A loan of $4,250 helped a member to purchase material for making bricks, concrete blocks, and cinder blocks and to invest in gravel and sand to sell.

El Aguacate Group's story

Alicia is 38 years old and is part of the group called "El Aguacate" ["The Avocado"]. She says that they gave their group that name because that's what they call their community; they decided to name the group after their community so that they wouldn't forget the name.

Alicia has been with the group for several cycles. She says that although she has had various problems—in the last cycle, two of her fellow members fell behind on their payments—she is continuing with the group because she knows that they are very responsible, they are people who really invest their loans in their businesses and are able to pay back their loans, and they mutually support one another.

Alicia says that she and her husband have a business that makes cinder blocks and bricks and sells gravel and sand. She says that she started this business with her husband more than seven years ago because her husband was working in construction in another country; when he arrived in Mexico, they decided to start their own business and provide for their family that way. She says that they have special machines for making cinder blocks or bricks, which they sell by the thousand for construction. They also sell loads of gravel or sand or whatever their customer orders. She says that she likes their business because it pays well and because she can be available to her children since the business is run from their house. She says that she is requesting a loan from the lender to purchase cement, sand, and gravel, and to repair some of the machines that they use to make cinder blocks and bricks. They also want to buy special dirt for making bricks and firewood for baking them; it's more labor-intensive to make them, but they are stronger than cinder blocks.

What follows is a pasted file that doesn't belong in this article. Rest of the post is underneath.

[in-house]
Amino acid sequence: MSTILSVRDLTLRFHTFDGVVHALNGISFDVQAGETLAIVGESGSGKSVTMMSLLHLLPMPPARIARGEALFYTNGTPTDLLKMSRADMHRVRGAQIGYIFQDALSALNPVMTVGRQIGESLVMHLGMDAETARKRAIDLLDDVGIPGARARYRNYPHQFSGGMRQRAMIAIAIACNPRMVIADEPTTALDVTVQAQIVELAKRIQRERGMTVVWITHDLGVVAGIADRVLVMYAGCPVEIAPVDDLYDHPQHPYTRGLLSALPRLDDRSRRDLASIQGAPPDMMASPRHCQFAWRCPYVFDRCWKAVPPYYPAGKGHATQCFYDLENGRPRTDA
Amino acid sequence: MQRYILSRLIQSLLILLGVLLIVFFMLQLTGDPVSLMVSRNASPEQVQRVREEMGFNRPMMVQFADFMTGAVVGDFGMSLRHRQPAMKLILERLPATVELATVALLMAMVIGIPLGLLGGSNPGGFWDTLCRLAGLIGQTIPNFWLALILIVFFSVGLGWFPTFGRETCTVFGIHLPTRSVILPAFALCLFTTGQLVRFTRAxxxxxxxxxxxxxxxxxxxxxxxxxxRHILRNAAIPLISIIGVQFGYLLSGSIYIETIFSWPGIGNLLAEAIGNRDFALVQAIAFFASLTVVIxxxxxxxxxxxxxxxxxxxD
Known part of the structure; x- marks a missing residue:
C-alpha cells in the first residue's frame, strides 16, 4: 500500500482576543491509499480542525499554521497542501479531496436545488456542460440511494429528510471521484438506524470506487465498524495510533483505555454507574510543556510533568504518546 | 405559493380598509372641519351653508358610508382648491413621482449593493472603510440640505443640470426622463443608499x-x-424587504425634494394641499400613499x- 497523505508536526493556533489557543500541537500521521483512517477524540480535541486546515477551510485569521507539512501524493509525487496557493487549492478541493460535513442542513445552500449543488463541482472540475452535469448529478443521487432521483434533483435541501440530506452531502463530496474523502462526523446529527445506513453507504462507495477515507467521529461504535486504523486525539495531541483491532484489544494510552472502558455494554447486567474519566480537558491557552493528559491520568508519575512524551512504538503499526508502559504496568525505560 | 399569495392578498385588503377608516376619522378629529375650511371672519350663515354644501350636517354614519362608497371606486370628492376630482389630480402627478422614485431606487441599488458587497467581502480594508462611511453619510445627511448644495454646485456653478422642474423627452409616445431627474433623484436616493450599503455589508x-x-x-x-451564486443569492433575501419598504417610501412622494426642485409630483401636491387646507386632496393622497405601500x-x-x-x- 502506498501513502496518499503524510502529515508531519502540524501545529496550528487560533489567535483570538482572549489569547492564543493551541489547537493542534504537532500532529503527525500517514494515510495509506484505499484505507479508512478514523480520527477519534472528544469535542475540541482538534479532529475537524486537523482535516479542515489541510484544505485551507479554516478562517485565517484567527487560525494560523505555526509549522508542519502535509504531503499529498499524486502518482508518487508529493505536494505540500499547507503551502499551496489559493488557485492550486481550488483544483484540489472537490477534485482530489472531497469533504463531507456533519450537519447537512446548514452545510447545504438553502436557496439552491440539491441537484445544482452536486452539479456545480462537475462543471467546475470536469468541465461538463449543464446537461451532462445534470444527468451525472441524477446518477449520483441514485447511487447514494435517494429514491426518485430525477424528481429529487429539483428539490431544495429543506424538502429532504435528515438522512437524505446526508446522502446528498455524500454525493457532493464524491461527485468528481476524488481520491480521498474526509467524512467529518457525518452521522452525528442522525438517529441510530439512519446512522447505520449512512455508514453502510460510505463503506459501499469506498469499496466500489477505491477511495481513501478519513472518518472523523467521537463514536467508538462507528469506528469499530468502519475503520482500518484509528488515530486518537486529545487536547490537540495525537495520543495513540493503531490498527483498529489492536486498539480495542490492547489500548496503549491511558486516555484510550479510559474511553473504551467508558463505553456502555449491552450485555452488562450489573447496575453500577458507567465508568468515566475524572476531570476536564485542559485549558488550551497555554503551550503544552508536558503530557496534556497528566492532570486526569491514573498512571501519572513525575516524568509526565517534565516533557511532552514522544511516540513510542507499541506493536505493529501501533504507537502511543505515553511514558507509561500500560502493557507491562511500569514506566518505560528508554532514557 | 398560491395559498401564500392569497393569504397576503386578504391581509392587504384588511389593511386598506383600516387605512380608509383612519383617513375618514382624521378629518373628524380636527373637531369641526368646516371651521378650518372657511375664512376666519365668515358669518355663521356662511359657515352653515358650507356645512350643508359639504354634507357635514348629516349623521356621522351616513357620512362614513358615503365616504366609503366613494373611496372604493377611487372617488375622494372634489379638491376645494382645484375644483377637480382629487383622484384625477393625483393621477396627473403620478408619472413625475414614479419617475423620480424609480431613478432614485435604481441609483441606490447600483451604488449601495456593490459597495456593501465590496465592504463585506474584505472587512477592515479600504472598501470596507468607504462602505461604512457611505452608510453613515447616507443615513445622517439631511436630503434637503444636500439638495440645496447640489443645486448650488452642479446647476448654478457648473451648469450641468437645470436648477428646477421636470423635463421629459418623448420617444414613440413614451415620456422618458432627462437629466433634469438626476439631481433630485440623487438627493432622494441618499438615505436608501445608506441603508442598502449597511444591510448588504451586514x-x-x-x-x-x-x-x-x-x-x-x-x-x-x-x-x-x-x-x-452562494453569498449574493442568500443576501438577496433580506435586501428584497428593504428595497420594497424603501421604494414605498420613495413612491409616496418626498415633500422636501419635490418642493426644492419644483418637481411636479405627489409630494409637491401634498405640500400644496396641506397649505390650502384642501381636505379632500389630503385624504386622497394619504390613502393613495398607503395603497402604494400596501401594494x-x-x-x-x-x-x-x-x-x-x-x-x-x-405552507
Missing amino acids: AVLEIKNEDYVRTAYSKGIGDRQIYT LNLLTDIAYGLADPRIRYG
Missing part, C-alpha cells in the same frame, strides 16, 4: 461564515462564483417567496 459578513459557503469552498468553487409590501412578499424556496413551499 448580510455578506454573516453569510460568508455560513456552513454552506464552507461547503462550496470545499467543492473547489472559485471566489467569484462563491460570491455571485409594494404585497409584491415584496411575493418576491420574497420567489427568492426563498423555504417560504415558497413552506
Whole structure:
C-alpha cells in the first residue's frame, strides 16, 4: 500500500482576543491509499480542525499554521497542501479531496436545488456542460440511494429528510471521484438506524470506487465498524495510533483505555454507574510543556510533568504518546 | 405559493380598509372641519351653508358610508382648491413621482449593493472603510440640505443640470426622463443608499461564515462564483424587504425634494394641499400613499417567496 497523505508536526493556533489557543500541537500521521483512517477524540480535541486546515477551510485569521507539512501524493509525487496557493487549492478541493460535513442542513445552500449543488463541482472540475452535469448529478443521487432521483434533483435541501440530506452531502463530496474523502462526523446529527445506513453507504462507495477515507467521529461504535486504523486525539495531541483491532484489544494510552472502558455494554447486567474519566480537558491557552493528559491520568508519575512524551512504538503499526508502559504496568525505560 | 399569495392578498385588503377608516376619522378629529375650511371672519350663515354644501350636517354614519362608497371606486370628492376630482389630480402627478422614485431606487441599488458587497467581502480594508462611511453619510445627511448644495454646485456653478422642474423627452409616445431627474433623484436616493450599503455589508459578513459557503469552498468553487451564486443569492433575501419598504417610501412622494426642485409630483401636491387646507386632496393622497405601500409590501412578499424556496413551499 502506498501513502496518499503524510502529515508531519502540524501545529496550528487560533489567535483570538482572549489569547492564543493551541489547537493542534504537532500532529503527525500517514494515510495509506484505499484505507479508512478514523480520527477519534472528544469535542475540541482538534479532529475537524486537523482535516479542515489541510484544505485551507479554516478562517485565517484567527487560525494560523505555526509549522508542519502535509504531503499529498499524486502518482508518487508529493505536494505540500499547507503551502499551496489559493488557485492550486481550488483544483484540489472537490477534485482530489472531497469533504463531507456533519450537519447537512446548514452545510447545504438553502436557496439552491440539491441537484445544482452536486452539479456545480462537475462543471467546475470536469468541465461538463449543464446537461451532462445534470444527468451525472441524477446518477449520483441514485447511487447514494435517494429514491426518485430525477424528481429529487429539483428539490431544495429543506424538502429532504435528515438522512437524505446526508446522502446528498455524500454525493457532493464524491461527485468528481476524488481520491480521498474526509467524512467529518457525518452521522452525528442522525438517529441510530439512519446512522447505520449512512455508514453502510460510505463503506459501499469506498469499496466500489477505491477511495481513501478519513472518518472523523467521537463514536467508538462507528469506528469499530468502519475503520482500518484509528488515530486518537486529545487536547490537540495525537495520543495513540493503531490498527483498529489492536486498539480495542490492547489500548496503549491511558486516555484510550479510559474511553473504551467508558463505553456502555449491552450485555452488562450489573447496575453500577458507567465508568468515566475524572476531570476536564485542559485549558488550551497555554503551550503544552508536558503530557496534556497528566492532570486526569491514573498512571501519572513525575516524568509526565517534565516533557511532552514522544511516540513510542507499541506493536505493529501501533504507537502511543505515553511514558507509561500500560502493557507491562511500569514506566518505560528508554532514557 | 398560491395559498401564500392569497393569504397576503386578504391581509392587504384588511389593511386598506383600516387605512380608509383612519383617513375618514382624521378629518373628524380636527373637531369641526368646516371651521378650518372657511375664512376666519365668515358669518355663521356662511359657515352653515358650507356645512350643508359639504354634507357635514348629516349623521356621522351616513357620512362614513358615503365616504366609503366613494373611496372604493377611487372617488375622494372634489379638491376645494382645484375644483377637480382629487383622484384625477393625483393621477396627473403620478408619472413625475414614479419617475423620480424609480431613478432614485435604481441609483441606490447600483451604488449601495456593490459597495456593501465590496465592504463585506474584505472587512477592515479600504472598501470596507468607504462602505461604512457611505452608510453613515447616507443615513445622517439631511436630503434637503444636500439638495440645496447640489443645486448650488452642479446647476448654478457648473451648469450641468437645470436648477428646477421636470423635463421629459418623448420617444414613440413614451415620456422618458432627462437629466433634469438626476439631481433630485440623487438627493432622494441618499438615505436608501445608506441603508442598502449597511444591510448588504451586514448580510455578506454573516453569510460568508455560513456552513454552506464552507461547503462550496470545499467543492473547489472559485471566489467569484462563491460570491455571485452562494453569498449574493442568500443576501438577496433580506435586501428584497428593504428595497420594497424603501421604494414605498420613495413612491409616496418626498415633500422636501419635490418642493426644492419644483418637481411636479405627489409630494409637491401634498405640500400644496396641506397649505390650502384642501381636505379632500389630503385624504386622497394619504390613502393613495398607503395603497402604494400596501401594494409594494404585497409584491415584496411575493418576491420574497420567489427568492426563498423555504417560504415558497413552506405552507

She says that her goal is to build a large construction-materials business where she can sell everything from toilets and tile to electrical supplies.

The other ten members are Angelina, Emilia, Brenda Guadalupe, Alondra, Juana, Blanca, María Santos, Yolanda, María Cristina, and Raquel. They will invest their loans in the purchase of inventory for a neighborhood grocery store, perfumes and cosmetics from catalogs, fruits and vegetables in season, avocado-growing supplies, and bedspreads from catalogs to sell.

In this group: Angelina, Emilia, Brenda Guadalupe, Alondra, Juana, Blanca, Maria Santos, Yolanda, Maria Cristina, Alicia, Raquel

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Translated from Spanish by Kiva volunteer Holly Torpey

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